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Beautiful weather brings tick danger

"Go outside and play!" Sound familiar?

I grew up in a time and place where the accepted norm was to spend every possible moment out-of-doors. My mother gently objected to my lounging on the couch for hours, absorbing books by the stackful, whenever it was sunny and warm outside. But since I grew up in SoCal, it was ALWAYS sunny and warm. I did ruin my eyesight, so she was probably right about that. And although I read voraciously in the summer (and every other time of the year), I still managed to make it outside to swim and hike with friends pretty much every day as a kid.

So when spring comes tumbling in, bringing beautiful outdoorsy weather, should you still be sending your kids outside to play? Have things changed now that you are aware of the dangers of Lyme? Now that you know you and your loved ones are only one tick-bite away from it?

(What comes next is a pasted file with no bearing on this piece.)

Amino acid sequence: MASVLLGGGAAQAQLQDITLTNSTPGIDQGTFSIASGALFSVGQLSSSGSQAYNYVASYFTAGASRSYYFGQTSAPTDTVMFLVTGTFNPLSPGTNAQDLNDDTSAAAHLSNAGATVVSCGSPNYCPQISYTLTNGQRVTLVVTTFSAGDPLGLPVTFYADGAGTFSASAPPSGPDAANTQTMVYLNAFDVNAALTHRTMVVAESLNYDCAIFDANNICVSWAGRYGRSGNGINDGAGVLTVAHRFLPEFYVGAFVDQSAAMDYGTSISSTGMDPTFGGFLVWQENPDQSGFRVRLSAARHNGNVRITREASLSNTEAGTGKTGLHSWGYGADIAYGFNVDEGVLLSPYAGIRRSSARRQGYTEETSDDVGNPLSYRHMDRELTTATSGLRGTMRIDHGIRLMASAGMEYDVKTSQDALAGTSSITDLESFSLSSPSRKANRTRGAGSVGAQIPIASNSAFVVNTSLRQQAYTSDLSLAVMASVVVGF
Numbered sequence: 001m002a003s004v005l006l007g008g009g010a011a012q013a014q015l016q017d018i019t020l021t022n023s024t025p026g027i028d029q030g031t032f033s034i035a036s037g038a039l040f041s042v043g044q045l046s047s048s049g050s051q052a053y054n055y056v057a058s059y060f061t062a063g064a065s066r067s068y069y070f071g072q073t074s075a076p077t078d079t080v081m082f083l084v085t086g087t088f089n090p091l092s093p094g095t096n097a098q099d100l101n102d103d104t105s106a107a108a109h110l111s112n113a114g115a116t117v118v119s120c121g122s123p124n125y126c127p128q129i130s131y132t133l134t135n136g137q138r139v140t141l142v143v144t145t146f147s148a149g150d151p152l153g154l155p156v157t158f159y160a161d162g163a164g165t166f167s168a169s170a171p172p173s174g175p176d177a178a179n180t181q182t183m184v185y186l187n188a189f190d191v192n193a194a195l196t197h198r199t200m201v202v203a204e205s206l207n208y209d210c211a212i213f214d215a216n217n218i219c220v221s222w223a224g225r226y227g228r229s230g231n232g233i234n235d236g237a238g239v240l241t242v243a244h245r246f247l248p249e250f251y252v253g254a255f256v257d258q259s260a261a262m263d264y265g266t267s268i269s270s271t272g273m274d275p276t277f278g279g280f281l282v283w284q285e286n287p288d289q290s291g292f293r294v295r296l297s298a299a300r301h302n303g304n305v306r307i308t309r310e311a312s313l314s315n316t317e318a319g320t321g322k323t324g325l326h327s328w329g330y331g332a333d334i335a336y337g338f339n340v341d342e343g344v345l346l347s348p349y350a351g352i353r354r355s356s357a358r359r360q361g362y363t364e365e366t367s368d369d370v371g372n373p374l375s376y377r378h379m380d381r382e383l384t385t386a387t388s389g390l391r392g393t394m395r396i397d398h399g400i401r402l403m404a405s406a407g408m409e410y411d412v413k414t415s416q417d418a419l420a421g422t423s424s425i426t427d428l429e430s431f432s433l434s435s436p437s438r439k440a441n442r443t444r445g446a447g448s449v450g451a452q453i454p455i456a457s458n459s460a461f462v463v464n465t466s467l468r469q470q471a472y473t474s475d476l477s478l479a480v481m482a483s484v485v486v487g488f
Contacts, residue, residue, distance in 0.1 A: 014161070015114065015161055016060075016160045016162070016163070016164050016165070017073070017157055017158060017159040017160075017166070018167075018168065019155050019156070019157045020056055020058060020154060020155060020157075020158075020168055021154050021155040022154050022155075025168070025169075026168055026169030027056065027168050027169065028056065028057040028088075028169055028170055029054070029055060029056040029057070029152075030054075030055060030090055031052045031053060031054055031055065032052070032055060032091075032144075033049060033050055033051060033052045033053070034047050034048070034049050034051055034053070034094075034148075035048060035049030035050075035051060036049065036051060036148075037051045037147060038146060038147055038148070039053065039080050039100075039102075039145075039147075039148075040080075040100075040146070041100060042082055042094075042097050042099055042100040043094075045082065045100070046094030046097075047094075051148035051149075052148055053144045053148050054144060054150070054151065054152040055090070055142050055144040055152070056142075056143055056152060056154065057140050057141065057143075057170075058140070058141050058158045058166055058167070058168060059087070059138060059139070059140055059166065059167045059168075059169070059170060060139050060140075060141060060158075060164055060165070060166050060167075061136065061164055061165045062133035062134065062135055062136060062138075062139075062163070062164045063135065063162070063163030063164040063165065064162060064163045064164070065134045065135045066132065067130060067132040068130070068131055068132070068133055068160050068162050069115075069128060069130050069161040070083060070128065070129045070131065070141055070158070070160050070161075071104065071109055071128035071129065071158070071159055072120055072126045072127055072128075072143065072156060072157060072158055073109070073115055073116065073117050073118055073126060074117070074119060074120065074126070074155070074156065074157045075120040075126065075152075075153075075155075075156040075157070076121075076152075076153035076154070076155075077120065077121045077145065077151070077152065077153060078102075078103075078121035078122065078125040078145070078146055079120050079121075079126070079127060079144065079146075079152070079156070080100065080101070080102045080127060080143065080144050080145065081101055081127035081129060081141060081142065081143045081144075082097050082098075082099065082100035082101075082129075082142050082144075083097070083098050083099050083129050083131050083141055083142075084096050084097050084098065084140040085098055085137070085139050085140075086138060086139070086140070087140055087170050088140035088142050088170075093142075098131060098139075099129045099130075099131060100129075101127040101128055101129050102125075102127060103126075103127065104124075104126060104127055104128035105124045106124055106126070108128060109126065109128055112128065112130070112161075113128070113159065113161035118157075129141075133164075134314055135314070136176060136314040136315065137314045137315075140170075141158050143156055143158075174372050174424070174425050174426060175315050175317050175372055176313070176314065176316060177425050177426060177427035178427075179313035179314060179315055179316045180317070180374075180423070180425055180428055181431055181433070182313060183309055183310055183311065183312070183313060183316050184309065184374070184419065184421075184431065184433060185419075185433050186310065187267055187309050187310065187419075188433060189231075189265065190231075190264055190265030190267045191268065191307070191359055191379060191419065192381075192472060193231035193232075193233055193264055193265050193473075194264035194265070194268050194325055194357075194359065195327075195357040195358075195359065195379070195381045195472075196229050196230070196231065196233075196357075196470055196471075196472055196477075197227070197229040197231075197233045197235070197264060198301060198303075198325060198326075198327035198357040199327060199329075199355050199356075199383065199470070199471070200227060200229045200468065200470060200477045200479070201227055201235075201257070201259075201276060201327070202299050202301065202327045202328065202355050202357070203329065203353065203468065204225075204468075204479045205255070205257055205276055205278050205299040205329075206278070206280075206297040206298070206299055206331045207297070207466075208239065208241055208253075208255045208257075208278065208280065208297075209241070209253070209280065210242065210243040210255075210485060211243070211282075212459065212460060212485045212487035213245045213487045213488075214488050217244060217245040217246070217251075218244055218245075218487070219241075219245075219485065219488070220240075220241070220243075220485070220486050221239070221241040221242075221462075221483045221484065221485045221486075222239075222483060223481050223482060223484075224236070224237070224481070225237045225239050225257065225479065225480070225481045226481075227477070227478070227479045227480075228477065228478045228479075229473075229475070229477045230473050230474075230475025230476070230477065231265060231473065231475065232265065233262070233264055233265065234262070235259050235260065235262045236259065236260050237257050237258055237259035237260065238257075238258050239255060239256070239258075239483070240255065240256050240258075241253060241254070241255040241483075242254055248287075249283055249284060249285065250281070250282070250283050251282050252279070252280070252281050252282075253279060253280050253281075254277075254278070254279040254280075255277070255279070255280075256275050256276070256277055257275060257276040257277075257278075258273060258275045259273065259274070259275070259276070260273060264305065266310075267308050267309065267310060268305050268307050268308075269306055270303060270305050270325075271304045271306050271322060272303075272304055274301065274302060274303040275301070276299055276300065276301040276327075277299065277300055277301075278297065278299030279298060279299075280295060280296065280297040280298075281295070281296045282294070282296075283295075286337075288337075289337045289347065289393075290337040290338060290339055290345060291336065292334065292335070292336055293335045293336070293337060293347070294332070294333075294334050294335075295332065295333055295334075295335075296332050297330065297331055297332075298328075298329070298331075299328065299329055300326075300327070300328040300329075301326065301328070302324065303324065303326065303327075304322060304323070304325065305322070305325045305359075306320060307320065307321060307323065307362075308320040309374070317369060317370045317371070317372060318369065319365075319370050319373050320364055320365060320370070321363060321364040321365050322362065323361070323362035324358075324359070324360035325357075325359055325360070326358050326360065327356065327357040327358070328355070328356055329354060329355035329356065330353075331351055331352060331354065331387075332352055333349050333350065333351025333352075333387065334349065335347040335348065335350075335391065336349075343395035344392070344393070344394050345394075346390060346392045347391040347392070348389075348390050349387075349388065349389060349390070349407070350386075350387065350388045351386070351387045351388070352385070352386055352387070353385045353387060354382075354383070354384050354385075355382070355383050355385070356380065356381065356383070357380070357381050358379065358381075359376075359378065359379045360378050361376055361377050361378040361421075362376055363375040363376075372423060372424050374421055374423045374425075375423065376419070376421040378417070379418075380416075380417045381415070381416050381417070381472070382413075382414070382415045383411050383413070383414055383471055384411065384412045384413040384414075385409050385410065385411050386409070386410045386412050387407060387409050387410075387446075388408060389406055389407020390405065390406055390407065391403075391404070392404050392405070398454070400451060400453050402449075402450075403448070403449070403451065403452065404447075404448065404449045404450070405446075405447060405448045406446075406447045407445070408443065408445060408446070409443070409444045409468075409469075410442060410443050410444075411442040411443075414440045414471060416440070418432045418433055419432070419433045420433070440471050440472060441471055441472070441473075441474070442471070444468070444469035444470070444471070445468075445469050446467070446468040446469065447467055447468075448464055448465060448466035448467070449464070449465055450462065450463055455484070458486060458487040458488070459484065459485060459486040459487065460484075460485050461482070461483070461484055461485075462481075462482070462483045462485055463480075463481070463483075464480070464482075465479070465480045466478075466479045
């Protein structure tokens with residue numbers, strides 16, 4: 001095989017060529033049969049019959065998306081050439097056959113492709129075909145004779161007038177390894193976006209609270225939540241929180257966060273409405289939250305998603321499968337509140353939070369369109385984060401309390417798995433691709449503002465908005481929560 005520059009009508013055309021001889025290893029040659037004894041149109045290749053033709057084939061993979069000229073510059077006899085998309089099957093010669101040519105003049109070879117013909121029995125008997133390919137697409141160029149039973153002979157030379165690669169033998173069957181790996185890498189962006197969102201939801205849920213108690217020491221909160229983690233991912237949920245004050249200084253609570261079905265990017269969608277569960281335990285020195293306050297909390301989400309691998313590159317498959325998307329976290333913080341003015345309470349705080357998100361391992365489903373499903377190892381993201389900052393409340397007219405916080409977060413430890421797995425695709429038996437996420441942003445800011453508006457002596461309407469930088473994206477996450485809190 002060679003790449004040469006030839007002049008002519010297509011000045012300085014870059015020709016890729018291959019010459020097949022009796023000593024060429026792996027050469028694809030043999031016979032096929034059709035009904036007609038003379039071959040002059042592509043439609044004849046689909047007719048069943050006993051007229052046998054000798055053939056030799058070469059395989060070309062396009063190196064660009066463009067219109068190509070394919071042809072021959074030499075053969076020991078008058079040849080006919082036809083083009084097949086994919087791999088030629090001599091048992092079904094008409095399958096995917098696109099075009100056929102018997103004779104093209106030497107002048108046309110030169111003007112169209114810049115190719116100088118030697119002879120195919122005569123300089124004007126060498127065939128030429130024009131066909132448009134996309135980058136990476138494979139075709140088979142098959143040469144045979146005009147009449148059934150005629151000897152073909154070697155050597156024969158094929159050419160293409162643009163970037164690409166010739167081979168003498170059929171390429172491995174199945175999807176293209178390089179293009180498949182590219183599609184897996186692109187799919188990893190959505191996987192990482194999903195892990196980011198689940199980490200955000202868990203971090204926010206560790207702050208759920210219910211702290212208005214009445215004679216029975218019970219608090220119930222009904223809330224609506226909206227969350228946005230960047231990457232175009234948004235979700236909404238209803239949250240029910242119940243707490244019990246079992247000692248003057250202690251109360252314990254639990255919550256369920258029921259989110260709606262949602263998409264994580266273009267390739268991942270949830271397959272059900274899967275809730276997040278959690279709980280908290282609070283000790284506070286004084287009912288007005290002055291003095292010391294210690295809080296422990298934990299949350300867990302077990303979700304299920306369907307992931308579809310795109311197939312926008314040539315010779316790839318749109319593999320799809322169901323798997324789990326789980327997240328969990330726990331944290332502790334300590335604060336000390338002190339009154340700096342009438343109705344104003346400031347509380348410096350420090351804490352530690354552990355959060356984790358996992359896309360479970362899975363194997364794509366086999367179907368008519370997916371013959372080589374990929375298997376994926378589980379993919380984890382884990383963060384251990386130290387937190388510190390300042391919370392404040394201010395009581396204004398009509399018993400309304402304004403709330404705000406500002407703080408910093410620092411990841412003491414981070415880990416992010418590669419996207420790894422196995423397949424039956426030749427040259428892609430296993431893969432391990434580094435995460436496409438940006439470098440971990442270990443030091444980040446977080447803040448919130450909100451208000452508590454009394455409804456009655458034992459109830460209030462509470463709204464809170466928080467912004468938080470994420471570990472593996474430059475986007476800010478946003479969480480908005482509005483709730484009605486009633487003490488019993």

This spring, reports are already piling up in regional news, warning that this is likely to be a heavy tick season. The ticks are early and plentiful.

One suggestion for preventing Lyme is to advise your kids not to sit on the ground. Now, how realistic is that? For kids, part of the allure of playing outside is the opportunity to investigate the bugs and other critters crawling on the ground. And when you're little, how else can you eat your snacks, play tic-tac-toe in the dirt, examine the fluttering moth you just caught in your hands, if not sitting on the ground? And what about toddlers who are still getting their sea-legs, and end up sitting more than walking?

One thing that really bugs me is when I read, over and over in various articles, that ticks must be embedded for 24 hours or so in order to infect the person they bite. While that may be a comfort to read, there is no scientific evidence to support it. Prevention is the very best medicine, not wishful thinking.

Aside from prevention, early detection is still the most important thing when it comes to having been exposed to ticks. Bear in mind, tick bites don't hurt. This is because the tick injects a sort of anaesthetic with the bite that will numb the area, so you won't feel it. Perform regular tick checks on yourself and your kids, especially after time spent playing outside. Take the time to be careful and diligent. Remove ticks before they have a chance to get embedded.

And please tell everybody you know that tick checks are vitally important.
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